Mobile Clinic, a unique training program in the Penn State College of Education's school psychology program, takes fourth-year doctoral students into local schools where they get hands-on experience in the role of a school psychologist.
Scott McDonald, associate professor of education (science education) and director of Krause Innovation Studio, won the 2016 Penn State Open Innovation Challenge with an idea that may change how learning spaces are used in the future.
Harmony, a multidisciplinary performing arts student organization on the University Park campus advised by Associate Professor of Special Education Katie Hoffman, connects students with disabilities with the Penn State community through singing, dancing and theater.
Felipe Pérez Cruz, Cuban literacy campaign expert and professor of history, and Luisa Campos, professor of history and director of the National Literacy Museum in Havana, Cuba, will visit the University Park campus on April 27 and 28 and speak with faculty and students about Cuba's historic literacy campaign.
School was in session on this particular Saturday morning at Mount Nittany Middle School and for 25 minutes each, 86 prospective teachers – with just a few steps to take before heading into their respective futures – were heading their own classrooms.
Penn State will help address the nationwide shortage of secondary mathematics teachers in high-needs schools with a $1.16 million grant from the National Science Foundation. The grant will fund mathematics education scholarships for 15 students over a three-year period and allow them to complete their last two years of college tuition-free.
Chao Su, a Penn State graduate student pursuing a master of arts degree in educational theory and policy with a dual title in comparative and international education, received the 2016 W. Lamar Kopp International Achievement Award during the inaugural Graduate Student Awards Luncheon held on April 27 at the Nittany Lion Inn.
Kristina Hunter and Christina Walker already know they want to help people after they graduate from Penn State. With two years remaining until that milestone occurs, they are very comfortable starting early.
Penn State students in the College of Education’s higher education graduate program are spanning out around the world this summer in search of three credits for now and experience that will prove invaluable later.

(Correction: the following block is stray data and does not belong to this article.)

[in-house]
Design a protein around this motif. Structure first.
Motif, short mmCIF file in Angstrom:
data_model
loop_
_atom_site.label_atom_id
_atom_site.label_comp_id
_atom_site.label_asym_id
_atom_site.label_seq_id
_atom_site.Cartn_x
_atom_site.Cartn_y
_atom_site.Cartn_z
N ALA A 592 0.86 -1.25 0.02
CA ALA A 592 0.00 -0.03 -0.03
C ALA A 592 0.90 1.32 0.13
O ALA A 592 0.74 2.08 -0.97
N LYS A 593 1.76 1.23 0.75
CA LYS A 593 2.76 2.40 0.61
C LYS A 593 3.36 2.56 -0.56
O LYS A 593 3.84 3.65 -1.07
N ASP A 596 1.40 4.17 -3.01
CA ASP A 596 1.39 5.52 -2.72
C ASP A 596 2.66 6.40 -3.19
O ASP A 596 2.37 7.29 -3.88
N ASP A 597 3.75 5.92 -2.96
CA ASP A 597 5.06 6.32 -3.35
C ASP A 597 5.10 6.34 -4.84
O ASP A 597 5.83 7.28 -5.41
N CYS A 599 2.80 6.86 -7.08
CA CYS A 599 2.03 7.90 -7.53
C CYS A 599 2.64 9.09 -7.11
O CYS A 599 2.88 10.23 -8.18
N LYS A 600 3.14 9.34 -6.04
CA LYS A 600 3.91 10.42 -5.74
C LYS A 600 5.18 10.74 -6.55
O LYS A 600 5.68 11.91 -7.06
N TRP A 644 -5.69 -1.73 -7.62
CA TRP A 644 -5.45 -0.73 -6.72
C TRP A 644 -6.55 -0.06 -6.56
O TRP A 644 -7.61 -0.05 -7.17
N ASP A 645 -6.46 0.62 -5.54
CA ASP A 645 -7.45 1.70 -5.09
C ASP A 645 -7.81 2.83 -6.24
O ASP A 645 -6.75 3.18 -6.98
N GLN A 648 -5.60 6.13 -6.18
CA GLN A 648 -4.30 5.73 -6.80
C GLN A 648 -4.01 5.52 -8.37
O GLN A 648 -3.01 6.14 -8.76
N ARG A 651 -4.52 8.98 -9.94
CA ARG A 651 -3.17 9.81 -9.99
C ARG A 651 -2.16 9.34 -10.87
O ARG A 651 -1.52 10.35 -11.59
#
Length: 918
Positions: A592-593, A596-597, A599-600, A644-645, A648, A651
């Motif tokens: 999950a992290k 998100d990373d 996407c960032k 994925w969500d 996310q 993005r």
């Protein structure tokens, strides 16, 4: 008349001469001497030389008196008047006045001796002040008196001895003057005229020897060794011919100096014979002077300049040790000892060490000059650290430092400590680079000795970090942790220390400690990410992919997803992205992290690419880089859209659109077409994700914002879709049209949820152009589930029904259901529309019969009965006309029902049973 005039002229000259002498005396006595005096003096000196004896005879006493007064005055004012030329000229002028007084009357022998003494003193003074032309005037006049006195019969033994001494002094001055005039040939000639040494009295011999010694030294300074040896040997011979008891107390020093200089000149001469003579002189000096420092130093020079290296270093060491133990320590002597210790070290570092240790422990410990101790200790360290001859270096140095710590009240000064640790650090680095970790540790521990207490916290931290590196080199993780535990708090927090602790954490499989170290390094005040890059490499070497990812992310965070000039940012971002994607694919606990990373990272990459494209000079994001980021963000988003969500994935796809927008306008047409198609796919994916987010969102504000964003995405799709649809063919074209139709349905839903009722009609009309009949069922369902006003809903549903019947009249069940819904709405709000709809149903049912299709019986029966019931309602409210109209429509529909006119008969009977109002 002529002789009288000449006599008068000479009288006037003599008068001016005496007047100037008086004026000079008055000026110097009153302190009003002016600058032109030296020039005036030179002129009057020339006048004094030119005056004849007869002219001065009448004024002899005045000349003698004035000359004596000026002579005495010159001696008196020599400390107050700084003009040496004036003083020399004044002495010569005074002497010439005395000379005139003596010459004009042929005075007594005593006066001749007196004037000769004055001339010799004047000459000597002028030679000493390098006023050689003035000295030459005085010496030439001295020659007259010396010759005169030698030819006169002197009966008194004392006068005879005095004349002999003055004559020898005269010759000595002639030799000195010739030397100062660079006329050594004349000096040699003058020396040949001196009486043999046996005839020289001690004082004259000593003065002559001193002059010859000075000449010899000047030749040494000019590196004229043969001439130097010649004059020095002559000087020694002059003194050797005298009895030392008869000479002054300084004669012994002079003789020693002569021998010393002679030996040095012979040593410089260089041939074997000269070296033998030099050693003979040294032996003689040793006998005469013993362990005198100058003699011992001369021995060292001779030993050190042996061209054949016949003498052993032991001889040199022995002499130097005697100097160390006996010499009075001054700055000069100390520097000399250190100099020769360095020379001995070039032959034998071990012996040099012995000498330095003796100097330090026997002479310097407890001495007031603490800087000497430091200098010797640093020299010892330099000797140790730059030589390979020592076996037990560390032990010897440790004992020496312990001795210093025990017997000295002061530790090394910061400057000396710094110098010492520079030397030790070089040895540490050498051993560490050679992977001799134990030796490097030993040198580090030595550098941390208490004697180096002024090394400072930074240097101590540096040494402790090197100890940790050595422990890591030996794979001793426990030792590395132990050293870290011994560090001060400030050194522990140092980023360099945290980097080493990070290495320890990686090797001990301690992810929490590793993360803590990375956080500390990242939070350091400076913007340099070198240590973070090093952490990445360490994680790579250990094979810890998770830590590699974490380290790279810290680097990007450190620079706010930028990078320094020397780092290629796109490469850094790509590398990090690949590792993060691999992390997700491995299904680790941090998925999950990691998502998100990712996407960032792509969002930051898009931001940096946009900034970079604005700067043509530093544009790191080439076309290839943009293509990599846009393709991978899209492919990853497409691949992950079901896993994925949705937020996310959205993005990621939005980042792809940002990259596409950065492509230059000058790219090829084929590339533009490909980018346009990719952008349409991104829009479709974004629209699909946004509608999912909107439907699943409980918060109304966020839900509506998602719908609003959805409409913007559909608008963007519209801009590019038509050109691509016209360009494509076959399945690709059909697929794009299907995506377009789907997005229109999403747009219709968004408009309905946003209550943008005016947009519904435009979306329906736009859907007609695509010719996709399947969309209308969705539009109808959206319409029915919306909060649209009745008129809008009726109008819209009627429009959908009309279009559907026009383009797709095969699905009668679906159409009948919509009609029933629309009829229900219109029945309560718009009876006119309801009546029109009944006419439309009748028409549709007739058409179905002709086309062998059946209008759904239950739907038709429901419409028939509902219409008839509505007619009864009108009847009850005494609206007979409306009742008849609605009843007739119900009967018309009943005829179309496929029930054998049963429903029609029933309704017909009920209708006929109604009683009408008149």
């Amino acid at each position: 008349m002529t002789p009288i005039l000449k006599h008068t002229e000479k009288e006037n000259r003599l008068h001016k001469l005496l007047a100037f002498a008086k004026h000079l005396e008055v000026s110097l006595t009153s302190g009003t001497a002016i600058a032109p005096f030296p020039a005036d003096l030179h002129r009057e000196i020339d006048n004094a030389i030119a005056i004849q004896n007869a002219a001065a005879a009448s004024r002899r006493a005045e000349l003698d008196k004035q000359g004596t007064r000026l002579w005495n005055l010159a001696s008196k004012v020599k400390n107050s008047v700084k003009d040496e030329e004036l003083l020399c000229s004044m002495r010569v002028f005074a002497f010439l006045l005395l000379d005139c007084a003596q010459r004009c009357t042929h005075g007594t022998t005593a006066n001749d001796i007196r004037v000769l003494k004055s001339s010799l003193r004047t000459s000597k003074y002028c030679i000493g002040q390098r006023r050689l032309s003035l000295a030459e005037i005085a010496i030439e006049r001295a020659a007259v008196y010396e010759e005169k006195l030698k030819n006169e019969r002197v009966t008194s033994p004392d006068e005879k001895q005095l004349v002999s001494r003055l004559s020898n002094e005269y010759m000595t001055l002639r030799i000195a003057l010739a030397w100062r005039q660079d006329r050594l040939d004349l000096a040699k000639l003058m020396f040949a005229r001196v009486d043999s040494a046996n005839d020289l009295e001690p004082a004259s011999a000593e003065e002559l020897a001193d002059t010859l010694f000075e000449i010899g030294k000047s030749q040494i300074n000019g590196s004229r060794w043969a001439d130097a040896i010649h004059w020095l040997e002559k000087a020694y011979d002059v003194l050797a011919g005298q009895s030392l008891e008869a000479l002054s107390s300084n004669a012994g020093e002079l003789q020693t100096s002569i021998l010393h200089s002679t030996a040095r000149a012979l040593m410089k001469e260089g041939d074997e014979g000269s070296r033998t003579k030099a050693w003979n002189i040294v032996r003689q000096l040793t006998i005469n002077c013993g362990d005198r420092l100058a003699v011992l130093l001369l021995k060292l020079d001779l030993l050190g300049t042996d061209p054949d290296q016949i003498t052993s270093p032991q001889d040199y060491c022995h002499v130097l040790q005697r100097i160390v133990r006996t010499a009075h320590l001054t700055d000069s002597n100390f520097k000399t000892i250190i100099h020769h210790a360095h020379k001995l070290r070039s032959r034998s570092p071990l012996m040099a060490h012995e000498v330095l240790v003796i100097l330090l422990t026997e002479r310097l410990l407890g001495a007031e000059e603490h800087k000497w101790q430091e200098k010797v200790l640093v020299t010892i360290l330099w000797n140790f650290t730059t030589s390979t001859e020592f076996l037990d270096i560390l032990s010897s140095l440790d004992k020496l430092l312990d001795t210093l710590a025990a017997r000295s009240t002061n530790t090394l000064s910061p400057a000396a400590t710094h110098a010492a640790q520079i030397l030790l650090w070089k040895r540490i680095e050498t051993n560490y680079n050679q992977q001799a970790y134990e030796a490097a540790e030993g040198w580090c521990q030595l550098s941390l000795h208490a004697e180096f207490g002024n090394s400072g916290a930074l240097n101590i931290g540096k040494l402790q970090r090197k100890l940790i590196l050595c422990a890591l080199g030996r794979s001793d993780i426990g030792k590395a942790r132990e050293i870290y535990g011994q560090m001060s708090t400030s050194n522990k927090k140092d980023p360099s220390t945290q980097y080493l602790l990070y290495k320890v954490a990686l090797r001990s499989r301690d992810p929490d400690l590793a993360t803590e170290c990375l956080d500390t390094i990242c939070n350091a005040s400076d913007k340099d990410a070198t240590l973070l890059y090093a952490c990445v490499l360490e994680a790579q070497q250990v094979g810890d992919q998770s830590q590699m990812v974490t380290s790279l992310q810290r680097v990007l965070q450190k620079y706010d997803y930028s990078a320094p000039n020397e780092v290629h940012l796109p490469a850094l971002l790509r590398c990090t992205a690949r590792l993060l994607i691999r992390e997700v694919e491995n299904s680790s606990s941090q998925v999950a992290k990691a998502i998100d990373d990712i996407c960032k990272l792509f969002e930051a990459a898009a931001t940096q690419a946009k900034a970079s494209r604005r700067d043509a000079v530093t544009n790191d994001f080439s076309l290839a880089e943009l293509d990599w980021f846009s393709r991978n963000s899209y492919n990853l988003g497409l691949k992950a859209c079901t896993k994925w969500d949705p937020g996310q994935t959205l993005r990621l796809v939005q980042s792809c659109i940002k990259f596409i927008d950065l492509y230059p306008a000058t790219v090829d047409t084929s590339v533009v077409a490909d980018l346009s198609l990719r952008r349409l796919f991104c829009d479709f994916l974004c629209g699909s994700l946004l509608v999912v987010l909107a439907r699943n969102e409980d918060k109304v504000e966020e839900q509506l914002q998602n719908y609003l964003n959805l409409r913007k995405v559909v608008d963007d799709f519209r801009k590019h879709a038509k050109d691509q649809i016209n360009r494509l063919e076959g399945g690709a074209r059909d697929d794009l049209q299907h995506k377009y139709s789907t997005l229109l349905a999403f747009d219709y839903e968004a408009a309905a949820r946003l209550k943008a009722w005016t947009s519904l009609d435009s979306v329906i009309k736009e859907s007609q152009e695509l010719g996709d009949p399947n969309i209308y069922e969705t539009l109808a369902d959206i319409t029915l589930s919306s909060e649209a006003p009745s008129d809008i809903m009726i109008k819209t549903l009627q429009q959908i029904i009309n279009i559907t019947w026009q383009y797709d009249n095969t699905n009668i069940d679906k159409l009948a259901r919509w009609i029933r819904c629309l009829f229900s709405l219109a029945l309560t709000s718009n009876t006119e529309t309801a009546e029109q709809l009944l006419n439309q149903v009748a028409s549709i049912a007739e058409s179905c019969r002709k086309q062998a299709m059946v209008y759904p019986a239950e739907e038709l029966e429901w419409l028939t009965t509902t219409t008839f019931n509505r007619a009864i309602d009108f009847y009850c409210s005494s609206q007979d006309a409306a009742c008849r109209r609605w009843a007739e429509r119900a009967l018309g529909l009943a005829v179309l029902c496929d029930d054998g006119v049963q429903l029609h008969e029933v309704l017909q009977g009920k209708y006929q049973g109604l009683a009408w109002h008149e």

The College of Education once again has become the beneficiary of a family whose philanthropy is literally changing the way students are taught at Penn State and beyond. Gay and Bill Krause, whose $6.5 million gift created the existing Krause Innovation Studio, have pledged an additional $1 million to support the creation of an innovative teaching and learning space that will expand the scale and scope of the work being done in the current studio.
Irvin Scott, deputy director of education for the Bill and Melinda Gates Foundation, addressed the College of Education's 325 graduating students at the 2016 Spring Commencement ceremony held Sunday, May 8, at the Bryce Jordan Center. A transcript of his remarks is available here.
Erica Frankenberg, associate professor of education and demography, and Liliana Garces, assistant professor of higher education, recently published "School Integration Matters: Research-Based Strategies to Advance Equity." The book sheds light on how and why U.S. schools are experiencing increasing segregation more than 60 years after Brown v. Board of Education declared segregated schooling inherently unequal.
With a lead gift of $40,000, Helen Dickerson Wise, College of Education alumna, and Mimi Barash Coppersmith, alumna of the College of Communications, have created the Mortar Board Program Endowment for the Archousai Chapter at Penn State, launching an effort they hope many more alumni and friends will join. The society will celebrate this fundraising initiative along with its 80th anniversary at a luncheon June 3 at The Nittany Lion Inn.
"Culture and Disability," Penn State's only study abroad program focused specifically on disability, has been recognized for its innovation in the field of international education with the Innovative New Program — Study Abroad award from GoAbroad.
A group of 50 educators, mental health professionals and human services specialists from across Pennsylvania gathered today (June 16) at the Nittany Lion Inn for an interdisciplinary conference intended to increase community-university partnerships and better serve children in K-12 schools.
Two Penn State researchers are using portable electroencephalogram (EEG) technology and the latest insights in neuroscience to move our understanding of the brain out of the laboratory and into the classroom, where they hope their findings can head off ethical lapses on the job and combat bullying in schools.
Dana Mitra, associate professor of educational theory and policy in the Penn State College of Education, will represent the University as co-host for an international seminar on “Amplifying Student Voice and Partnership,” which will be held July 6-8 at the University of Vermont (UVM).
Susan J. Olson, a 1989 doctoral graduate of the Workforce and Education program in the College of Education and professor emeritus in The LeBron James Family Foundation College of Education at The University of Akron, has been awarded a Fulbright U.S. Scholar Program grant to Finland this fall semester.
Dana L. Mitra, associate professor of Education in the Department of Education Policy Studies, is among those chosen for the inaugural cohort of Students at the Center Distinguished Fellows by Jobs for the Future’s Students at the Center initiative.